By Rich Kane
By Joel Beers
By LP Hastings
By Dave Barton
By Patrice Wirth Marsters
By Erin DeWitt
By Taylor Hamby
By LP Hastings
Illustration by Bob AulPaul Frank just made monkeys out of the Velvet Underground, cartooning them as an anonymous "rock & roll" band on his new set of Warhol-style Small Paul kids' pajamas: ambiguously sexual, IV-drug-using nihilists cuted up for the hip mama set as Julius-the-monkey-men (with period Vox Phantom IV bass!), and, well, that's fine. Although it's hiding behind sunglasses and a black T-shirt, the part of me that was most startled by monkey-junkie Lou was actually just an inner Nancy Reagan: "Just say no! Stay in school! Product not suitable for children!" When I realized that, I spent the weekend drinking to kill her, but early learned impressions die so hard—that's probably why I still like the Velvet Underground too.
"The legend of the Velvet Underground fades away," wrote Ignacio Julia in 1996, long before the world even had the Strokes. "It exists no more. It has totally been exposed to the light." How true: there is no cult cachet left in liking a band that's been in more car commercials than A Flock of Seagulls. The myths of rock & roll bands like the Velvet Underground (or Bowie or Jim Morrison, if people still care) are long over; dying for Lou Reed—which people used to do—is like dying of smallpox or scurvy: easily prevented and obsolete. The romance is there still, if you want to study and cultivate it as you would any affectation, but as the world shrinks, a band like the Velvet Underground becomes more recognizably and mundanely human just as it becomes classic. "Modern music begins with the Velvets, and the implications and influence of what they did seem to go on forever," wrote Lester Bangs, who also wrote that he'd happily suck Lou Reed's ding-dong. "The only thing I think would be a mistake in thanking them for this precious gift would be romanticizing them too much."
What he meant: just say no, stay in school, product not suitable for children. ("Don't die," as Richard Hell would later say.) Bangs' friend Peter Laughner really did die ("in part," Bangs qualified) for Lou Reed, passing in his sleep in 1977 due to massive substance-related et ceteras. The Velvet Underground were lethal in their time, an obvious if not a deliberate side effect of the things they sang about and did; though band members saw (and defended) themselves as simply realists, Lou did once or twice say he was sorry if anyone started shooting up because of his songs. Which happened: writer Ellen Willis said that "listening to 'Heroin,' I feel simultaneously impelled to somehow save this man and to reach for the needle"; writer Jeff Schwartz called it the musical equivalent of Freud's death drive; writer Laughner was dead a year after this record review: "When I was younger, the Velvet Underground meant to me what the Stones, Dylan, etc. meant to thousands of other midwestern teen mutants." Early learned impressions, etc.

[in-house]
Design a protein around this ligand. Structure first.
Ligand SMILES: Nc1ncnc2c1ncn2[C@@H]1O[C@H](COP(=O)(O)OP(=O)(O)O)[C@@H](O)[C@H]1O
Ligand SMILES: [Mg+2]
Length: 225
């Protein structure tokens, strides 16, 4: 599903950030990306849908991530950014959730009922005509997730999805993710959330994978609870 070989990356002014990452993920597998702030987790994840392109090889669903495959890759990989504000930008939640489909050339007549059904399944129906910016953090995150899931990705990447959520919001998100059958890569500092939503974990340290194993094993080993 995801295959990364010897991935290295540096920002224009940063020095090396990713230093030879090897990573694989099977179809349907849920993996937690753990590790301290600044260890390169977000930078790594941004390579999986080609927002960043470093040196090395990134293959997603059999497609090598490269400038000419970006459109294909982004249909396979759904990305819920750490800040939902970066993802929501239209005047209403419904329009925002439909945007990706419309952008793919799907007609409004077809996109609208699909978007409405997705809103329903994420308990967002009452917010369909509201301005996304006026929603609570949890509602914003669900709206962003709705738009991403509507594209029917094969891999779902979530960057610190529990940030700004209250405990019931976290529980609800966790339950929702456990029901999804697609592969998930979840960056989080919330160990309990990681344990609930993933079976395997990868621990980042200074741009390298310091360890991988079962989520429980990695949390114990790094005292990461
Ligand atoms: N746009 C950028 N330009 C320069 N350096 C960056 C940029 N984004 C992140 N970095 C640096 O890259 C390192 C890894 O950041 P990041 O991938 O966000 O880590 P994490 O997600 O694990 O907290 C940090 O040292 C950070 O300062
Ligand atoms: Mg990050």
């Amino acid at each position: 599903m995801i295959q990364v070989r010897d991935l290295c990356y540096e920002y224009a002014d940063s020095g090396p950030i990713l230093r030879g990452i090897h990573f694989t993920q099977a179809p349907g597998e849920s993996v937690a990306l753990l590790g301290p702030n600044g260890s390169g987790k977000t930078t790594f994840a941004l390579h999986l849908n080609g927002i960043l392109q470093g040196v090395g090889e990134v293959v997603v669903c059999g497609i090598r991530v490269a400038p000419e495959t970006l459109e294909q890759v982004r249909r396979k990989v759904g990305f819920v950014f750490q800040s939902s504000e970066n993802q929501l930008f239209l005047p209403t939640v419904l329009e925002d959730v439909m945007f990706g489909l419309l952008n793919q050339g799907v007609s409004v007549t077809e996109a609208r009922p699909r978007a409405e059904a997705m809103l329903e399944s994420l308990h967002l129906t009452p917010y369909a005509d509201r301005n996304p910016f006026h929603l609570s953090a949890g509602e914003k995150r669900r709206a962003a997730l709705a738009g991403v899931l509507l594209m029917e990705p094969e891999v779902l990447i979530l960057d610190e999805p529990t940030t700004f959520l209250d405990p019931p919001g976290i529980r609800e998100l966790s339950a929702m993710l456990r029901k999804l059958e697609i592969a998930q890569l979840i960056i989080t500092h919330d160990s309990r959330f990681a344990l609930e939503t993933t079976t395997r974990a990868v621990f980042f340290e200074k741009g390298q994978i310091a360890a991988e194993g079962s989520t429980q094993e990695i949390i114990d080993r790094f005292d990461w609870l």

But then we sell James Dean T-shirts to anyone who wants one, don't we? Marilyn T-shirts too, pills melting in her veins, her smile sourced illegally off one of Andy Warhol's prints? The death drive finds a way: guys were killing themselves in 1774 when Goethe got famous—they died, at least in part, because they wanted to be young Werther. If it wasn't Lou Reed, it would probably be James Dean or Marilyn or what? Maybe it wasn't Nancy inside me; maybe it's Peter Laughner, looking at monkey-junkie Lou (and sad giraffe Moe and girl-monkey Nico and horse-y Sterling—Lou should have been the horse, but, you know, continuity—and John the dog-man) and saying, "I mean, I didn't really die for that, but still . . ."
Except people have died for everything everywhere, so these things matter only as much as you want them to matter. Once they are out in the world, they do not belong to you no matter how many people die or think they die for them, not even if you die for them. (Then again, I think of Peter Laughner every time I put on "Sister Ray.") It's Paul's call to cartoon the band, and it looks nice, and it's your call to buy it for your kid and to explain who these people were and what they did and where they are now: Sterling died of cancer and Nico died of a bicycle accident, and the rest lived happily ever after, except Moe who was poorer than the other two. Life goes on, and Lou's lyrics make good parenting advice now: "You shouldn't do that/Don't you know you'll mess the carpet?"
God, how many times I heard that, rattling down the hall in my Spiderman PJs—if you can dress a little kid up like some tortured adolescent mutant who can't relate to girls (as my parents did to me), then surely you can dress a little kid up like an ambiguously sexual, IV-drug-using nihilist, and at bedtime when you close the door, the night can last forever. I mean, it's just some cartoons on the thigh of some pajamas, and honestly there couldn't be any harmful psychological effects, and although I did actually grow up into a tortured adolescent mutant who couldn't relate to girls, that's certainly more coincidence than early learned impressions. And when I heard the Velvet Underground, it fixed me right up. Kids who wear these are gonna have a cute and kitschy story to tell in their later years, while waitin' for their man, suckin' onna ding-dong—you know, they'll understand it all better when they grow up.